Date of Degree
PhD (Doctor of Philosophy)
Teaching and Learning
Adolescent literacy learning centered in processes of imagination is marginalized and neglected within the saturated climate of standardized assessment. This arts-based qualitative study uncovers imagination as an active presence central to making meaning in a middle school language arts class involved in a writing experience inspired by the history of jazz. Learning filtered through the creative processes of writing reveals imagination as an interiorized action in adolescent literacy development. I ground this research in sociocultural perspectives of literacy (Vygotsky, 1978, 1986) engaged in aesthetic paradigms of learning. From this perspective, I investigate how middle school student writers participating in individual and collaborative activities internalize the experience to create new understandings of the world in which they live. Through the lens of theory, I explore the imagination as a higher psychological and cultural function involved in the mediated development of language. This study describes the powerful ways in which students craft writing and concurrently develop strong, critical and creative thinking capacities. I discard false perspectives that assume the inefficacy of learning in expressive modes and endorse pedagogies that place imagination at the center of processes of literacy teaching and learning.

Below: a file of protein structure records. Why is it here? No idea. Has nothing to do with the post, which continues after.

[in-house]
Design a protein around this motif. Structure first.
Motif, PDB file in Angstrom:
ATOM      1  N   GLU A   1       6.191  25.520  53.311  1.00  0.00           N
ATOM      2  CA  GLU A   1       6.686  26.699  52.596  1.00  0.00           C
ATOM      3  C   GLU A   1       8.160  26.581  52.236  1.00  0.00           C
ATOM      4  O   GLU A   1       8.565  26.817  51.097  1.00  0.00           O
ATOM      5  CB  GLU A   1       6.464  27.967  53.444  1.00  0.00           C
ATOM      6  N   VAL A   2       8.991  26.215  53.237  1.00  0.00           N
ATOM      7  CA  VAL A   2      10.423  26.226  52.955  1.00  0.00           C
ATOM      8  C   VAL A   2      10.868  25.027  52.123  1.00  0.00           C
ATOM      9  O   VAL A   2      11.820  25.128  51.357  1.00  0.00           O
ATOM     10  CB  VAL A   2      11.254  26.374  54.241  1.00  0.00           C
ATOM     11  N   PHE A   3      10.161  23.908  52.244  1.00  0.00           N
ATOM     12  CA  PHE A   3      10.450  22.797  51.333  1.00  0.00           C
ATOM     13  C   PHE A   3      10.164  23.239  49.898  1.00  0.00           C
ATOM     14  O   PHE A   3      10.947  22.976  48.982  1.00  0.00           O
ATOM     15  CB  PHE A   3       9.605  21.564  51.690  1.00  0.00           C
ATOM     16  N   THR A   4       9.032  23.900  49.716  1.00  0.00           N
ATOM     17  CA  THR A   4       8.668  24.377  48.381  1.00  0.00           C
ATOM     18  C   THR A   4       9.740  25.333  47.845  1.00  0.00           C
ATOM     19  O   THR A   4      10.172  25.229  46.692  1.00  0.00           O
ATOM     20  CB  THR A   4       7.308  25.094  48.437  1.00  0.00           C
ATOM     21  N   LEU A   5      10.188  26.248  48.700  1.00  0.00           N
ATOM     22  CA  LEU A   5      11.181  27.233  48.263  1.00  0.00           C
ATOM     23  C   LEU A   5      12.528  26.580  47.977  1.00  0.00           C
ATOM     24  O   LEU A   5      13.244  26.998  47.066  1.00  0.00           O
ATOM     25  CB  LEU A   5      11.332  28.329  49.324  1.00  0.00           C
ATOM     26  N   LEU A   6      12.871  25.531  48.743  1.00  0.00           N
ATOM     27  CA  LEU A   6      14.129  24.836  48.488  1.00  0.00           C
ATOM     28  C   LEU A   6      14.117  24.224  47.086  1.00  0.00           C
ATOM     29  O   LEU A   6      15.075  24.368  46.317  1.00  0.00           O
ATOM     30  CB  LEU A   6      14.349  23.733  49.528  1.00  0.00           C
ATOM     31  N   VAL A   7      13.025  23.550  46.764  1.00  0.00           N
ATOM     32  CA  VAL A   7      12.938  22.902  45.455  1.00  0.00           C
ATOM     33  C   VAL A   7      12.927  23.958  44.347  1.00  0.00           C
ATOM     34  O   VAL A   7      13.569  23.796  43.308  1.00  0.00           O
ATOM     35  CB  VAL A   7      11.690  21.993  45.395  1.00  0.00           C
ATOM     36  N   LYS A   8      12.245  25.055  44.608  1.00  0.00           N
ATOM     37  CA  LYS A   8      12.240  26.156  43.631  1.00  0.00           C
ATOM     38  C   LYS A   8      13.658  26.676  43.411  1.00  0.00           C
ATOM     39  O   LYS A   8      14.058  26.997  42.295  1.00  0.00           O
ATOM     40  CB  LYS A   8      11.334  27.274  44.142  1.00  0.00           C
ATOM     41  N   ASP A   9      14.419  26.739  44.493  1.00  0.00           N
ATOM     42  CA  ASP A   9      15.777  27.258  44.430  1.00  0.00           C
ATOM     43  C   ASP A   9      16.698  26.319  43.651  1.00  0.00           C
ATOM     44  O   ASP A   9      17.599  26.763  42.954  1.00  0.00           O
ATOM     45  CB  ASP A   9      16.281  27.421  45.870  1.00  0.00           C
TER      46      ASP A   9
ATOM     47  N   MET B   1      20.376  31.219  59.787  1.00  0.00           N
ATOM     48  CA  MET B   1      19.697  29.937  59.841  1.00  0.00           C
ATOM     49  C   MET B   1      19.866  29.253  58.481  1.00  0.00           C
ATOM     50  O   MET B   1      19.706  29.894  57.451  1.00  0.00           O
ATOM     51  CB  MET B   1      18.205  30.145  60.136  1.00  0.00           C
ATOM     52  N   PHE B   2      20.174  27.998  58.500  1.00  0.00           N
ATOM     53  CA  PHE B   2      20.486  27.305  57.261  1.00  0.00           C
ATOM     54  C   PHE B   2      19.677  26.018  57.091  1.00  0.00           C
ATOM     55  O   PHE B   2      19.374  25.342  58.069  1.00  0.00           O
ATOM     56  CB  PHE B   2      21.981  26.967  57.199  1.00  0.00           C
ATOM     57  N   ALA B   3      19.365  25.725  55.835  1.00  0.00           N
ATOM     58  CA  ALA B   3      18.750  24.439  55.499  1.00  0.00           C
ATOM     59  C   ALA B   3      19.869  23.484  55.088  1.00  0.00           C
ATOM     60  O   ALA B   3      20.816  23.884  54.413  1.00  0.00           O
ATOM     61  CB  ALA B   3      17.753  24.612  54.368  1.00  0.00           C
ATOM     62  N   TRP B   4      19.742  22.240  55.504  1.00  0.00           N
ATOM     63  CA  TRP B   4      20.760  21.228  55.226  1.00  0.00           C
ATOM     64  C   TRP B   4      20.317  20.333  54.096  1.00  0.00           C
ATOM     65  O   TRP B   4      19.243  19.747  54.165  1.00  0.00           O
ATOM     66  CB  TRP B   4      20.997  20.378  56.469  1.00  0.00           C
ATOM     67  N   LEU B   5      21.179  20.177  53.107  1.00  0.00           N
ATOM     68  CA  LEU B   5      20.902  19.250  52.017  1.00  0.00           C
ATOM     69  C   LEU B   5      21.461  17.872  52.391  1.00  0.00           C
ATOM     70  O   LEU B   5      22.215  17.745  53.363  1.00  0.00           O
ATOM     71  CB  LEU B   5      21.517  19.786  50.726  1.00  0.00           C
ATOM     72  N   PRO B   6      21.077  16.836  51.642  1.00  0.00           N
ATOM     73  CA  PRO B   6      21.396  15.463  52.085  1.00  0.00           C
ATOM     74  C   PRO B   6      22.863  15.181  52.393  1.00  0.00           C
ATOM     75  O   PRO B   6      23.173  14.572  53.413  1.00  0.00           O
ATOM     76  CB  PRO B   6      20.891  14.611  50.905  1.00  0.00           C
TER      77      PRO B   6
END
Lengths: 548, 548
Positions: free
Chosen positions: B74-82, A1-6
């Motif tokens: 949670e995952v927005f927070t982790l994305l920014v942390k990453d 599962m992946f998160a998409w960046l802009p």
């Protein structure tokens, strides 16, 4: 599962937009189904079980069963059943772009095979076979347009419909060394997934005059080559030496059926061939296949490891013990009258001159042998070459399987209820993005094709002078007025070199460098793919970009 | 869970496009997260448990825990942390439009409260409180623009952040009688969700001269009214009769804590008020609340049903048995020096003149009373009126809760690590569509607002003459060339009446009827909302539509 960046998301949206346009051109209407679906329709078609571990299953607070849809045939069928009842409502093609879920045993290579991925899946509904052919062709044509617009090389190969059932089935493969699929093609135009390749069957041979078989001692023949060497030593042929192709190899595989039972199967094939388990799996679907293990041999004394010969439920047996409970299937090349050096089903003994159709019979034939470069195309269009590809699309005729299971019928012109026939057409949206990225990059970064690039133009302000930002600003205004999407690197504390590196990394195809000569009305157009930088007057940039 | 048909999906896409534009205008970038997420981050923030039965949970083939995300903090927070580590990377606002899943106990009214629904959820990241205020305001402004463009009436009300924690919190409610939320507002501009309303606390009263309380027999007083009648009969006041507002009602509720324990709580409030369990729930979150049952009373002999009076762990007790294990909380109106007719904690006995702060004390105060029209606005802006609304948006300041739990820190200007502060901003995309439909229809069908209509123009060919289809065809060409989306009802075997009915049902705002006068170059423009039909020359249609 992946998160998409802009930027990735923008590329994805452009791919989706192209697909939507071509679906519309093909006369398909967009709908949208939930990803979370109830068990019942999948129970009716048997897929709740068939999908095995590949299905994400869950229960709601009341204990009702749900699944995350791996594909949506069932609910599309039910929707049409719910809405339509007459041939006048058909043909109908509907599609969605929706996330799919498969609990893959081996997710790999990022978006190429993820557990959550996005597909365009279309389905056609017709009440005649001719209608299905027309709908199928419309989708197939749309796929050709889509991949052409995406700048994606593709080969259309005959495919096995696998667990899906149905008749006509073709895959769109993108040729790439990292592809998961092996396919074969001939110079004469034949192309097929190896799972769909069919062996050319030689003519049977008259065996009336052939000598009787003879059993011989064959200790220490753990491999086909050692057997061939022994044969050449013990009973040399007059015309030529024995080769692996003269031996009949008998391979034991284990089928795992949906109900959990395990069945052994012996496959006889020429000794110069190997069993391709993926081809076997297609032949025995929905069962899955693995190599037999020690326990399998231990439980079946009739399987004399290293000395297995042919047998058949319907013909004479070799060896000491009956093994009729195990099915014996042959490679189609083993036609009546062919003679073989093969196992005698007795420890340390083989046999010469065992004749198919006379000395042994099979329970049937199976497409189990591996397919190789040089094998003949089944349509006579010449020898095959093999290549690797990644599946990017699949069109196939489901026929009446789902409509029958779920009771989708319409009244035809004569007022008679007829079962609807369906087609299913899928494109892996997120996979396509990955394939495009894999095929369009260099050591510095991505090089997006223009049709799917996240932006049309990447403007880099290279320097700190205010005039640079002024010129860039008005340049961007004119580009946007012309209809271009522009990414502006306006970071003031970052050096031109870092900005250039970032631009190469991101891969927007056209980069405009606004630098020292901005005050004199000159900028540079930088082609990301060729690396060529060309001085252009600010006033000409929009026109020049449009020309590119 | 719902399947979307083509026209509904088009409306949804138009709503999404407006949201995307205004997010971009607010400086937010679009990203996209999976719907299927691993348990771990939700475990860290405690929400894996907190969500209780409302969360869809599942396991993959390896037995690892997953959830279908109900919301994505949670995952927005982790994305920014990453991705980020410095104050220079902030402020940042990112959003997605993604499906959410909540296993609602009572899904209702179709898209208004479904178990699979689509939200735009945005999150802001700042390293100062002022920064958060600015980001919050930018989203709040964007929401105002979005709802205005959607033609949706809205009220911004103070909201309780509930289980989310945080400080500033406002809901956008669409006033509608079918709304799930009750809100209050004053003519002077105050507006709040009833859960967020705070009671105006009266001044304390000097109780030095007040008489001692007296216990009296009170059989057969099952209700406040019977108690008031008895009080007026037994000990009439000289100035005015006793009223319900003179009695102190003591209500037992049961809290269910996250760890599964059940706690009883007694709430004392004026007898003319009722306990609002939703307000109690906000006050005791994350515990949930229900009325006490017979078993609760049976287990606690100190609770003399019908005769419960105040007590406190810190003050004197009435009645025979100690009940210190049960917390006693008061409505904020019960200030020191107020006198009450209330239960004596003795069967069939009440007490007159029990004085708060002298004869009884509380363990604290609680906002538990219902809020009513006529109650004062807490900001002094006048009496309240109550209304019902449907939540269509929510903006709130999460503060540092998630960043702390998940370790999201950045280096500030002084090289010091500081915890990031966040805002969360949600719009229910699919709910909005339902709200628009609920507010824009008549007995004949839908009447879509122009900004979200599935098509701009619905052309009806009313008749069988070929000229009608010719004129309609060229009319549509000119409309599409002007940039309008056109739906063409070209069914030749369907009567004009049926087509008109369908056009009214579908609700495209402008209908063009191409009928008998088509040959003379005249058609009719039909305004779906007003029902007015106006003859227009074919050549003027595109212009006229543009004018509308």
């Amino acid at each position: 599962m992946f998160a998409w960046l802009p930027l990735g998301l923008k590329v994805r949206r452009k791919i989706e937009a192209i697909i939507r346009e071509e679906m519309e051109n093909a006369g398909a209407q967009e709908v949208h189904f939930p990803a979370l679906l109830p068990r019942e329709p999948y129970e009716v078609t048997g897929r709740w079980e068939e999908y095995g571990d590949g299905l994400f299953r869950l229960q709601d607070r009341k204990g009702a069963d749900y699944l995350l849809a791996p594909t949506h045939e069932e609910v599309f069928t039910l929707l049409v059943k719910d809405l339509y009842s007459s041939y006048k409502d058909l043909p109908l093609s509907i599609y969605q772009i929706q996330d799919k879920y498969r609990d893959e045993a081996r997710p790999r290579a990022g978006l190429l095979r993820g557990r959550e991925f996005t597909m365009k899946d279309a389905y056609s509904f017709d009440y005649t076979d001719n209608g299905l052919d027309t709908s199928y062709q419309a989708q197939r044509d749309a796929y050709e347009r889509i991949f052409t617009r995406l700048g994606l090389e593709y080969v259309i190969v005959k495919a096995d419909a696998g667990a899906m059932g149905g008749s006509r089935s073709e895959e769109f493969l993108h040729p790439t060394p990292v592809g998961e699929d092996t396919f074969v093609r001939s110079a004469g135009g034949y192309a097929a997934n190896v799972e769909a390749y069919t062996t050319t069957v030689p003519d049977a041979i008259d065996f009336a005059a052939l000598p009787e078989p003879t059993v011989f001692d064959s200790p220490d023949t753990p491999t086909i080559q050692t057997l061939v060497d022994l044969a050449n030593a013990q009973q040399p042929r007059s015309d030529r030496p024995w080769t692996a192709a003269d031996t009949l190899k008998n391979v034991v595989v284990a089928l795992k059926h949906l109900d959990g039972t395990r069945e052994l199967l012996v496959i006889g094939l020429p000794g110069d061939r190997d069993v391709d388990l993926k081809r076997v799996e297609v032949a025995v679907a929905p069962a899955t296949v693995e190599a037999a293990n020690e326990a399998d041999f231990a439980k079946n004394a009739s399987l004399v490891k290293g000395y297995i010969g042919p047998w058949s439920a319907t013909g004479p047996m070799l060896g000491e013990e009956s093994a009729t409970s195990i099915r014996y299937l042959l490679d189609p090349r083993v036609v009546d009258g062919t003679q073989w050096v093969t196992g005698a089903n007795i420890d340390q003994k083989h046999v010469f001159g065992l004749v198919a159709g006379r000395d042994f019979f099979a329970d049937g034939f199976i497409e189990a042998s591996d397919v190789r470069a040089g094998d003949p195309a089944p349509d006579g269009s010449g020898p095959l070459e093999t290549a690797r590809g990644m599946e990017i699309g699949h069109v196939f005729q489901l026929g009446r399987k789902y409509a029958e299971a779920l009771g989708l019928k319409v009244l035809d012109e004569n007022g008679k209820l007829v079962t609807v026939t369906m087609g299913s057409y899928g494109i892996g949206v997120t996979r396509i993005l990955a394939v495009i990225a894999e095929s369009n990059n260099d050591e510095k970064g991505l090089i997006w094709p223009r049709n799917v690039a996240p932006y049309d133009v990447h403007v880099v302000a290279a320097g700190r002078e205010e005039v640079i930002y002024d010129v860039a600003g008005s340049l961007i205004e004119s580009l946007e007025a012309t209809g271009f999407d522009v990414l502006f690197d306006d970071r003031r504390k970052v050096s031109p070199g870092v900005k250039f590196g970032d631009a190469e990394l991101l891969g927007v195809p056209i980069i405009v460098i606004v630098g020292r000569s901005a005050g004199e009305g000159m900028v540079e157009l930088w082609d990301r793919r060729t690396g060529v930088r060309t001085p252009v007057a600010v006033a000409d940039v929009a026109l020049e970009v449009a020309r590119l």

adolescent literacy, Arts-Based Education, Imagination, Jazz, Vygotsky, writing
1, ix, 202 pages
Includes bibliographical references (pages 192-202).
Copyright 2012 Wendy Lee Caszatt-Allen